Paul Cockayne – 07791 970406 – firstname.lastname@example.org
This blog is intended to give you a flavour of how I work as a counsellor. You can find more information about me by clicking one of the links above.
Honesty can be difficult in relationships. We care about our partner and don’t want to hurt them, and so sometimes it is tempting to tell a “white lie”, to bend the truth a little, or just not to mention something at all, in order to protect our partner’s feelings. Sometimes that’s what our partner wants – the classic example is the “does my bum look big in this?” question, but there are many more examples; very often when we ask our partner’s opinion, we want them to agree with us, or at least not to tell us that we are doing something wrong.
So, sometimes those little white lies are sensible. But when is a lie white? If your partner thinks you’ve given up smoking, but then you just smoke one cigarette when they’re not around, there’s no point in telling them, is there? They’ll just be upset, or disappointed in us, or angry with us, when it’s just one little cigarette – they’ll “overreact”. So we protect them by not mentioning that we’ve had a smoke. But are we protecting them, or is it more the case that we are we protecting our own feelings when we do this? We would feel guilty, ashamed or a bad person, perhaps, if we said something to upset our partner – or we don’t want the difficult atmosphere there might be if they are angry. Very often we are really thinking about ourselves when we lie, or hide things – we pretend we’re doing it for our partner’s good, but in fact it’s more about ourselves.
Lies, of course, can grow. That one cigarette can become two or three, and can grow into a regular habit, that becomes more and more difficult to talk about. It is the same in lots of other cases; a bit of flirting, a drunken kiss, a one-night-stand – these can seem harmless enough but they can become habitual or develop into a full-blown affair. Drinking, watching pornography, spending money, gambling…the list of possible deceptions is endless.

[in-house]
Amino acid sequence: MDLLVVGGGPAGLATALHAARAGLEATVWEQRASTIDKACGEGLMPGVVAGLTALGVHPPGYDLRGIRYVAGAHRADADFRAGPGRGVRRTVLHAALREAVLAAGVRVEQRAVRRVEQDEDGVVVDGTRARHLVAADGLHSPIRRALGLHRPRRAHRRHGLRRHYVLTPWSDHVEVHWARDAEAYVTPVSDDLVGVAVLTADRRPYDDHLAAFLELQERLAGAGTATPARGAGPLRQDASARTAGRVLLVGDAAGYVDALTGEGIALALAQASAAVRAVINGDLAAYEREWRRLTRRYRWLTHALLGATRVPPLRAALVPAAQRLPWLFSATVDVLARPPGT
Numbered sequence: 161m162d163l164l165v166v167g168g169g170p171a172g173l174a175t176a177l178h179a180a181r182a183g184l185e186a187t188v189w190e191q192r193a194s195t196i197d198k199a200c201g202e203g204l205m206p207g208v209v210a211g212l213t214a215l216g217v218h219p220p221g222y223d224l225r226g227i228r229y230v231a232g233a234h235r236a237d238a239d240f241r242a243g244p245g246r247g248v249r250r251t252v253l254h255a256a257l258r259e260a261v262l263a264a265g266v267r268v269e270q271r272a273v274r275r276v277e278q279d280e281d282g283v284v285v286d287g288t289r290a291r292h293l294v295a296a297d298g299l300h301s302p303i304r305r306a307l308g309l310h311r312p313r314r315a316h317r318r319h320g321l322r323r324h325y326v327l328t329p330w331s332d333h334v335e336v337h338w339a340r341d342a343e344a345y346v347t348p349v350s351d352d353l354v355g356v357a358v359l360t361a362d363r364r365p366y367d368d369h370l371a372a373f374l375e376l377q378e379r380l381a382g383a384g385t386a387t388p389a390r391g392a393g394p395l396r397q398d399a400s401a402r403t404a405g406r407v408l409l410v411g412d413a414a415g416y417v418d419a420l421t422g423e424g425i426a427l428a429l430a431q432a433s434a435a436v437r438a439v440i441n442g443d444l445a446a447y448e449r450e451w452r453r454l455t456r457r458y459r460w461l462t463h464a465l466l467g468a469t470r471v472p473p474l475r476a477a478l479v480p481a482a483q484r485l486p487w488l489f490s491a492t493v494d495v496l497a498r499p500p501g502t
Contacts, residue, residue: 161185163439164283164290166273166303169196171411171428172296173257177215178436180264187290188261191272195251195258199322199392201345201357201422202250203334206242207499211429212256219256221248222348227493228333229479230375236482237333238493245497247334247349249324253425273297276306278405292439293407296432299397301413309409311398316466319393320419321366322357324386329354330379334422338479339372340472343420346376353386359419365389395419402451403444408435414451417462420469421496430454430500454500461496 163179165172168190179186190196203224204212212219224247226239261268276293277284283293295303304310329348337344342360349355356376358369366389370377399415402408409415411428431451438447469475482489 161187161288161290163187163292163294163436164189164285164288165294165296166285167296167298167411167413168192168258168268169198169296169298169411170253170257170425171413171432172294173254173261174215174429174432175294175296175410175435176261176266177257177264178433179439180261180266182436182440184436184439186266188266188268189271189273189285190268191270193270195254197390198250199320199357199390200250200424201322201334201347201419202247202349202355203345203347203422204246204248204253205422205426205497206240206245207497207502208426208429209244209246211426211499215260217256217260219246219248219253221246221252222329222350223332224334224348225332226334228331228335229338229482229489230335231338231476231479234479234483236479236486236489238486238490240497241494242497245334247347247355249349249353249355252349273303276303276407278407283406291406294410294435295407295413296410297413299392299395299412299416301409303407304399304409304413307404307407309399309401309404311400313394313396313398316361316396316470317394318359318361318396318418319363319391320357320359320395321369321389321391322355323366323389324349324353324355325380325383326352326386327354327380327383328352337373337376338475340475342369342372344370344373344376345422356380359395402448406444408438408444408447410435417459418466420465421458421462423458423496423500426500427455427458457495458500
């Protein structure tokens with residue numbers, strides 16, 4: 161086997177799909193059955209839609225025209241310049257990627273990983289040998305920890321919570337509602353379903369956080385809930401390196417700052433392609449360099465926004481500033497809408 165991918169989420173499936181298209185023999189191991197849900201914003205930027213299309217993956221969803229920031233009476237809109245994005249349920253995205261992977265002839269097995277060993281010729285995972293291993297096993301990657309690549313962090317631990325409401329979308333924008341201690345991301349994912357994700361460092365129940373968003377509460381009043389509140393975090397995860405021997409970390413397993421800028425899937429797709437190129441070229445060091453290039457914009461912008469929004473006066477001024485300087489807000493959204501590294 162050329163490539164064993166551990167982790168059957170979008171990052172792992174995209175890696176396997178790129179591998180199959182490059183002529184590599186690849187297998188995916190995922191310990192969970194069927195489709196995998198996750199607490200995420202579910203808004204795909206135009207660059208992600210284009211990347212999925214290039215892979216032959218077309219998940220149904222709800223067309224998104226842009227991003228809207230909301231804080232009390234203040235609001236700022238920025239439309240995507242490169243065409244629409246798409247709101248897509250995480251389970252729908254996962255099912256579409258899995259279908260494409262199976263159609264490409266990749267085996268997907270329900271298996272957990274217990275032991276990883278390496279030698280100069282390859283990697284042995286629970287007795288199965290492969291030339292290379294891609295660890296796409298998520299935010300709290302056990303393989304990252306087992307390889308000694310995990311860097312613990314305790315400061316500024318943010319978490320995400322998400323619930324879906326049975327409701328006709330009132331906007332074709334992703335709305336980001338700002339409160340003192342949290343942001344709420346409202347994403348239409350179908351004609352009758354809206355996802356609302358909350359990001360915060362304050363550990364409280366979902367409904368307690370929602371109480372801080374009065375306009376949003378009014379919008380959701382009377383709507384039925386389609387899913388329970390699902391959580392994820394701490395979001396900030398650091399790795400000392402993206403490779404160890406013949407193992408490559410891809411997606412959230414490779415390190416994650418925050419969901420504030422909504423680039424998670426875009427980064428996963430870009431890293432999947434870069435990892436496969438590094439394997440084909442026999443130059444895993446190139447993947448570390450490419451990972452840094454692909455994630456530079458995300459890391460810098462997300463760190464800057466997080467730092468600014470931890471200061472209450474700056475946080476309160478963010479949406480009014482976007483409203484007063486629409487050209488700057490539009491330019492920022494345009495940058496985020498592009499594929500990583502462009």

Sometimes we lie by omission. The cigarette example above is relevant here. Whether we actually say “I didn’t smoke”, or we “forget” to tell our partner about the cigarette, it’s still a deception; we deliberately leave our partner believing something that isn’t true. Either way, if (or more likely when) our partner does find out, the effect is the same, and they will end up wondering what else they haven’t been told, waiting for the next revelation to hit them. These deceptions undermine trust and create barriers in relationships – and in a healthy, intimate relationship, most of us seek to build trust and break down barriers; that’s what intimacy is about.
So I tend to encourage honesty in the counselling room and in relationships. Secrets, however small, are potentially poisonous things.
It seems important, as well, to think about how you might react to a confession from your partner. If they’ve promised to give up smoking and then own up to having crafty cigarettes when you’re not around, how would you react? I’ll talk about this more in my next post.